[Date Prev][Date Next][Thread Prev][Thread Next][Date Index][Thread Index]
Re: USENIX PGP key signing service
On Thu, 30 May 1996, Carl Ellison wrote:
> What you wanted, however, was to define the owner by way of his e-mail address.
> I gave you:
> (key(=owner)) -> (e-mail)
> but you wanted
> (e-mail) -> (key(=owner))
Just to clarify a bit, I don't want (e-mail) -> (key) certificates. In
fact I don't think they have much use at all. I just used it as an
example to point out that the meaning of a certificate should simple,
clear, and of a form that allows easy automatic management. The example
you gave in the URL was an English paragraph meant to be read by a person.
I think in general that would not be as useful as a short sentence in some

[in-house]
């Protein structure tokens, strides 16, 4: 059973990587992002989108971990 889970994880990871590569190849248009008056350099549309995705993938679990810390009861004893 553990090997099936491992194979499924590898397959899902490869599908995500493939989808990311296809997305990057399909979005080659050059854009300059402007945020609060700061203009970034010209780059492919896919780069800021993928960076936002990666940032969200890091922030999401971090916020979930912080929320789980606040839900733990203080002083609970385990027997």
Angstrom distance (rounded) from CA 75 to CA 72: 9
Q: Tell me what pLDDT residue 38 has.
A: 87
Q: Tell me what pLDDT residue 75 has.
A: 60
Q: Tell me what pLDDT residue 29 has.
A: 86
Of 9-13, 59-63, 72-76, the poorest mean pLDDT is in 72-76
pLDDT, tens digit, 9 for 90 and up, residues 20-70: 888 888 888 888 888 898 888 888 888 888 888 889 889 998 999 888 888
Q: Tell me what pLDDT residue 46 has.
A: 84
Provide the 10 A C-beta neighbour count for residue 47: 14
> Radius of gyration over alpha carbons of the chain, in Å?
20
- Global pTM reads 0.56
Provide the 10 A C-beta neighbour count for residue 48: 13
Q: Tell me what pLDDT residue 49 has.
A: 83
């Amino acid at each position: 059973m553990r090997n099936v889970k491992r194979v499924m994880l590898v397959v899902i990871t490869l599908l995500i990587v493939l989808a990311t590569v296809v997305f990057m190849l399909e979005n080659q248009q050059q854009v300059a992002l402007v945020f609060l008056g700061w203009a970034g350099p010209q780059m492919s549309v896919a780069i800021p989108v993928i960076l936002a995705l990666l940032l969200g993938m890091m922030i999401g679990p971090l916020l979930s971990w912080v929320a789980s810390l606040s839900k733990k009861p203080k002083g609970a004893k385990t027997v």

cannonical form, such as "If you believe a, then you should believe b."
> each of these -> relationships requires a certificate of some form. The
> certificate should be issued by the owner of the left side. In
> (key) -> (e-mail)
> the cert is signed by the key. It is the final authority on what e-mail
> address(es) it can use to receive encrypted mail.
> (e-mail) -> (key)
> the cert needs to be signed by the authority for the e-mail space -- e.g., a
> company- or ISP- sysadmin. Note that in this case, USENIX is *not* an
> authority. It can not testify to this mapping. It *can* testify to the
> (member ID) -> (e-mail)
> (member ID) -> (key)
Hmm. If you have (member ID) -> (key) and the key owner himself can issue
(key) -> (e-mail), why do you need (member ID) -> (e-mail)?